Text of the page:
Mrs Amelia Brown, who made this quilt, lived in Bowning, a village just north of Yass in New South Wales. She probably made the quilt for Margaret Swann of Elizabeth Farm in Parramatta, and was known to the Swann family at least as 'Grannie' Brown. Some sense of Mrs Brown's life and leanings can be inferred from examination of the quilt itself - from the economy of its construction, the rhythm and balance of the design, and the subject matter of the central appliqué medallion.
The paradox of patchwork traditions is that they are generated by circumstances of both abundance and scarcity. The juxtaposition of differently coloured, textured and patterned fabrics, carefully selected, cut and stitched together to achieve a decorative effect, and often to express an idea, is the essence of patchwork, and can be achieved with new fabrics, acquired for the purpose, or with old ones, hoarded and recycled. On the face of it, the present poor condition of some of the printed cotton pieces in this quilt could be due as easily to wear, tear and washing during the quilt's useful life as to Mrs Brown's re-use of fabrics. The back of the quilt, however, provides clear evidence of her practice of economy, as it too has been pieced together with different-sized scraps from a variety of white materials.
The design of Grannie Brown's quilt is an elegant and light-hearted composition, which clearly demonstrates her considerable artistic ability, using mainly earth colours, with some soft blue-green, she has created a playground of rectilinear forms and a complex interaction of tonal values around the central red and white medallion. Working outwards from the medallion, each 'row' is composed of a series of squares, variously constructed from smaller squares, rectangles and triangles. Their differing orientation creates an extremely lively effect.
The appliquéd central medallion, which depicts the unofficial Australian coat of arms is balanced and accentuated by the corner placement of four red seven-pointed stars. Although the subject matter is probably a reflection of Mrs Brown's serious support for federalism, the upside-down placement of the shield is suggestive of a certain irreverence. Margaret Swann, for whom the quilt was made, is known to have been a champion of federation and was also president of the Women's Suffrage League. Given the enormous commitment of time needed to make a quilt, and this one is sewn throughout by hand, Grannie Brown must have had a particular affection for Margaret Swann, with whom she seems to have shared the political ideologies of nationalism and feminism.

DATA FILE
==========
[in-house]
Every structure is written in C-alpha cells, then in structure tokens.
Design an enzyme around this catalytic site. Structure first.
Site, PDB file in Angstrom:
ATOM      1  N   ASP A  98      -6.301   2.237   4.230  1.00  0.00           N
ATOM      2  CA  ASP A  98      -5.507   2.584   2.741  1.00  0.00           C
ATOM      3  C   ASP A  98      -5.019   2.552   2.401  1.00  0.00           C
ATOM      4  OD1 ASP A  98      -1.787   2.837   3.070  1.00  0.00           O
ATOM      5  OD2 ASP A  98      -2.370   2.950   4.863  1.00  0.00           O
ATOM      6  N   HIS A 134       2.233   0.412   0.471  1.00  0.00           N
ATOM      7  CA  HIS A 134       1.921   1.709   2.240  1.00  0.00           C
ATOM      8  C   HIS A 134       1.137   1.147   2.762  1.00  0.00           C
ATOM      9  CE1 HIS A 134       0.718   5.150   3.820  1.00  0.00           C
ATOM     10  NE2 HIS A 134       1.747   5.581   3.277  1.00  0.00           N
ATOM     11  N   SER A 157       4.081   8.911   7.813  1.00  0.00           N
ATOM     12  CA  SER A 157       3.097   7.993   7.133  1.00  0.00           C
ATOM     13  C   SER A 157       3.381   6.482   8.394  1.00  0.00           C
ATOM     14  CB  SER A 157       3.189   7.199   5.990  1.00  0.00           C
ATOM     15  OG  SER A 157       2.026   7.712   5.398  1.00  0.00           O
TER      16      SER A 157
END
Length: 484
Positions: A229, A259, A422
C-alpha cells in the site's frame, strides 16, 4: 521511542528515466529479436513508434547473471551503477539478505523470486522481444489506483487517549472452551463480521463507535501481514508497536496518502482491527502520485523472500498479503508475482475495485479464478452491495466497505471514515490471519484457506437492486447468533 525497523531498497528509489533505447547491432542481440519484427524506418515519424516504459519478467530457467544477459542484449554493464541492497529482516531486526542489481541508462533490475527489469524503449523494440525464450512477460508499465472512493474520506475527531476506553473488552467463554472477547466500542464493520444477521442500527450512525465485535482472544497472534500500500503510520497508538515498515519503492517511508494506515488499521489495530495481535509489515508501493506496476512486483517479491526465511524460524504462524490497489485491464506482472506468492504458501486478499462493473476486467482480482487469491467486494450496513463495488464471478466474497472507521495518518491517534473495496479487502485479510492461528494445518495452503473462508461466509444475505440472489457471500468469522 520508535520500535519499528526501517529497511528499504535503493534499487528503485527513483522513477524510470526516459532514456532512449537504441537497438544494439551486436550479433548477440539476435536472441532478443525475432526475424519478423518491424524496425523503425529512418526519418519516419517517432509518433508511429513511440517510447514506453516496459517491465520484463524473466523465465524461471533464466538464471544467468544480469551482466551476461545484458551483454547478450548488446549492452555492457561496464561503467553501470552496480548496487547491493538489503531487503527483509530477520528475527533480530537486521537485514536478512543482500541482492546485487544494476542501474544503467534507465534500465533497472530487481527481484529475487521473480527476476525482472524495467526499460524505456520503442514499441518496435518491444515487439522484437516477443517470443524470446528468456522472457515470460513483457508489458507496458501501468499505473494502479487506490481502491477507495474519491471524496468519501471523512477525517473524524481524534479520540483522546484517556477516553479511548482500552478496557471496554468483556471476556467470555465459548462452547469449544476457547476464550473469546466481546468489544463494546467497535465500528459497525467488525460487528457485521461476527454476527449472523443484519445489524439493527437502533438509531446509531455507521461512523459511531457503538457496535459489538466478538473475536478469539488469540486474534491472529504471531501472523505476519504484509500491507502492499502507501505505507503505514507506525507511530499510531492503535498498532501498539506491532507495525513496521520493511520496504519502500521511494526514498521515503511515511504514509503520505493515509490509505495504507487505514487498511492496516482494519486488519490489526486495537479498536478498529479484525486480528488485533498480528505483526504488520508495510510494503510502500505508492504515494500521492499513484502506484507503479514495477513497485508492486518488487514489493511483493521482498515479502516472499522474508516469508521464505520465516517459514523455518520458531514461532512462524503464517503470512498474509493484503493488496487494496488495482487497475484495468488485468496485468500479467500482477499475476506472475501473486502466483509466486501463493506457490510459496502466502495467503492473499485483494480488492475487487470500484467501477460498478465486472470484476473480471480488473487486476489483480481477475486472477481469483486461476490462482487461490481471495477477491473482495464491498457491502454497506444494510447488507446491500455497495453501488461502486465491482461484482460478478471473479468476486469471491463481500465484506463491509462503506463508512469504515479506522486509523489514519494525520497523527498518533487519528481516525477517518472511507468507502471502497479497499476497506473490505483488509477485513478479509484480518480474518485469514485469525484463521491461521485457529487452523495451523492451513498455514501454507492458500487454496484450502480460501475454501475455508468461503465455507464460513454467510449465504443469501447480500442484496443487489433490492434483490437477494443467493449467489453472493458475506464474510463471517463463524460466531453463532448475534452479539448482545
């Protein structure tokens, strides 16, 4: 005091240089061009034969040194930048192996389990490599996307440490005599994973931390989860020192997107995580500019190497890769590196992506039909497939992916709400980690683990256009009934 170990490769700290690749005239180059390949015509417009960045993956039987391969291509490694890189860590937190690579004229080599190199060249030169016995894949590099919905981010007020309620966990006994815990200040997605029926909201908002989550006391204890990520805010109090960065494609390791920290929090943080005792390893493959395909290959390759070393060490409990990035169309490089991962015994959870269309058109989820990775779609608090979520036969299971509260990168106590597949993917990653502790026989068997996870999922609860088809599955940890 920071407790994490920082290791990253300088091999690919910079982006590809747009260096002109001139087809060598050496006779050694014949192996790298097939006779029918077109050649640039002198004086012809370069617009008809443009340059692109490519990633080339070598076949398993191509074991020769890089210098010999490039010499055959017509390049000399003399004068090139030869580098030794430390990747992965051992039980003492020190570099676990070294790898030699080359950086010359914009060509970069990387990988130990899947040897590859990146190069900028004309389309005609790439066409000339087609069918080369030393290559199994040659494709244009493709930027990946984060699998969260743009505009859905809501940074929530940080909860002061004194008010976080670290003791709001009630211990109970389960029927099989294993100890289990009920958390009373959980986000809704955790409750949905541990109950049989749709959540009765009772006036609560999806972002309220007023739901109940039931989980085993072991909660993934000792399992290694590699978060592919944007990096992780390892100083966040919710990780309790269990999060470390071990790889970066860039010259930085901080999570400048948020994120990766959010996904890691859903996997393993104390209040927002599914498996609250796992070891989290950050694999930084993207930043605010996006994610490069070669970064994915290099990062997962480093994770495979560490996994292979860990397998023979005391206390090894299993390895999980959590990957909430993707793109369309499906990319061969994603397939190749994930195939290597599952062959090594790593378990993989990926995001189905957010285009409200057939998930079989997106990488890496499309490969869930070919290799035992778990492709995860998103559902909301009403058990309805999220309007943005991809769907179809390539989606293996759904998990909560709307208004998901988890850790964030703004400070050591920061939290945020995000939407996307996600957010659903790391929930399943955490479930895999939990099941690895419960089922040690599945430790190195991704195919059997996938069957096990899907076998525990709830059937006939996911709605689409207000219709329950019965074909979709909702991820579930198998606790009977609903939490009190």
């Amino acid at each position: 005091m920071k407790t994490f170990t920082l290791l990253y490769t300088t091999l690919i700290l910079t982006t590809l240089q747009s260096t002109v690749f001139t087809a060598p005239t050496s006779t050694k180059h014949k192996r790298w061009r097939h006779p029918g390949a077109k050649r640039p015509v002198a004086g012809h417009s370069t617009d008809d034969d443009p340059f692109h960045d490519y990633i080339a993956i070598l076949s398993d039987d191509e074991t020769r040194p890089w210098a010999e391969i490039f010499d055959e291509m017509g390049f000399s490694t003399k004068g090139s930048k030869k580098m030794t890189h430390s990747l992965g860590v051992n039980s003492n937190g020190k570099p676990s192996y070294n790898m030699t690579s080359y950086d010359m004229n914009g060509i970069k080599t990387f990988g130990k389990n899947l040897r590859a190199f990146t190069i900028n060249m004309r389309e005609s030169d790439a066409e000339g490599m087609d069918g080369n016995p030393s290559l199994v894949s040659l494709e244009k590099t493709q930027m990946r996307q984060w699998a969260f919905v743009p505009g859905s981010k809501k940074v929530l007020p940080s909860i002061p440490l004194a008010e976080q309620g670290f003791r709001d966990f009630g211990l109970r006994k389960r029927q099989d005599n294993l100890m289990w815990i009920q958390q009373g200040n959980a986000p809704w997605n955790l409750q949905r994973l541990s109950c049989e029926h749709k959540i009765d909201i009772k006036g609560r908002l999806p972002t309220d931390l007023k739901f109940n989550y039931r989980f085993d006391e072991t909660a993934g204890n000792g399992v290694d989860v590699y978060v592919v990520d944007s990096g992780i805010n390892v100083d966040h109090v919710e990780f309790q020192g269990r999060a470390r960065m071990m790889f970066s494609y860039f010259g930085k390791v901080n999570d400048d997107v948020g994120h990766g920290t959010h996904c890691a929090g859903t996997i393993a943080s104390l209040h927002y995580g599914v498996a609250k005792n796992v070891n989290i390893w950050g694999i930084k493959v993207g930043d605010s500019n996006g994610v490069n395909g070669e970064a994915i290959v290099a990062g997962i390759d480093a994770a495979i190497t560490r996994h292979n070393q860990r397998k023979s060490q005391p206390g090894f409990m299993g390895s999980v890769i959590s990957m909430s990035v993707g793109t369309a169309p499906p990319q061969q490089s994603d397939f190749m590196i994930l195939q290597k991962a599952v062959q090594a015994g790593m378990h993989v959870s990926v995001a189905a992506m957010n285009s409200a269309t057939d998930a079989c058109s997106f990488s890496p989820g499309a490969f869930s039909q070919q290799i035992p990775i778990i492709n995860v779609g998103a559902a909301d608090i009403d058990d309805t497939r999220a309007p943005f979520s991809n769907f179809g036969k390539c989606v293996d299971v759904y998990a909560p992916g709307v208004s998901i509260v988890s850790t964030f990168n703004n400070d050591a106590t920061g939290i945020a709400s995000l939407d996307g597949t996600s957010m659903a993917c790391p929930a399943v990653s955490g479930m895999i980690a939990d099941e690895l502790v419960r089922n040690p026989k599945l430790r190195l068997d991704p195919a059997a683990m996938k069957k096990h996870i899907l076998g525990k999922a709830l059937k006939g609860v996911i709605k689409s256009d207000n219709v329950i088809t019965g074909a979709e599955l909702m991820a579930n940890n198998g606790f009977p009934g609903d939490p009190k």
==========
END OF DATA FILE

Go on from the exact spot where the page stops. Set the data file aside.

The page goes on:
Because of the coat of arms, and the quilt's historical significance, the central medallion was chosen as the logo for the national quilt exhibition, Quilt Australia '88, held in Sydney to mark Australia's bicentenary.
The scale and 'flatness' of patchwork quilts renders them eminently effective as art objects. While their place in the private and museum collections of the world certainly does justice to their beauty, and to the talent of their makers, the original purpose of most quilts was to provide warmth, covering and comfort. That they provided pleasure beyond the purely functional is implicit in the elaborate care which went into their making and in their survival as treasured family heirlooms.
Christina Sumner, Curator Decorative Arts & Design, 1991
'Decorative Arts and Design From The Powerhouse Museum', Powerhouse Publishing, p.95
This quilt was designed and made by Amelia Brown (1817-1905) of Bowning, New South Wales, some time after her arrival in Australia in 1857. It is one of a pair of quilts made by Amelia, the other having been made on the voyage to Australia and with a red cockerel as the centrepiece. The quilts bear a strong relationship to each other both in materials and construction. Amelia Brown was born in 1817 in Exeter, England, and migrated to Australia with her husband John Brown and seven children in 1857. They settled in the Bowning area and Amelia died there in 1905.
The significance of this quilt lies in its symbolism and history rather than any excellence in needlework. Indeed, it is not particularly well made. Pieced rows of squares and triangles radiate out from the central medallion. There is much evidence of manipulation of the pattern as irregularly sized sections have resulted in rows that do not meet perfectly and additional pieces have had to be inserted. This supports the family's belief that it was 'made by children'. The quilt also displays evidence of economy: the back of the quilt is made of small patches of white cotton frugally sewn together.
Much has been made of the significance of the coat of arms in the centre of the quilt. Appliqued in red on a white background this shows an early version of the Australian coat of arms with an emu and kangaroo standing on either side of a shield and looking away from it. The shield has been sewn on upside down, possibly necessary because of the tight fit of the central medallion. This coat of arms had been in unofficial use since at least the mid 1800s and was particularly popular in the gold rush years. It often appears in prints by S.T. Gill and on the cover of emigrant guides.
Amelia Brown met William and Elizabeth Swann and their nine daughters when William was headmaster of the Bowning Public School between 1877 and 1880. Although the Swann children were much younger than the Brown children, friendships sprang up between them and continued when the Swanns moved to Parramatta. At some stage in the late 1800s, the quilt was given by Amelia Brown to Margaret Swann.
Kimberley Webber, Senior Curator Australian History, 1999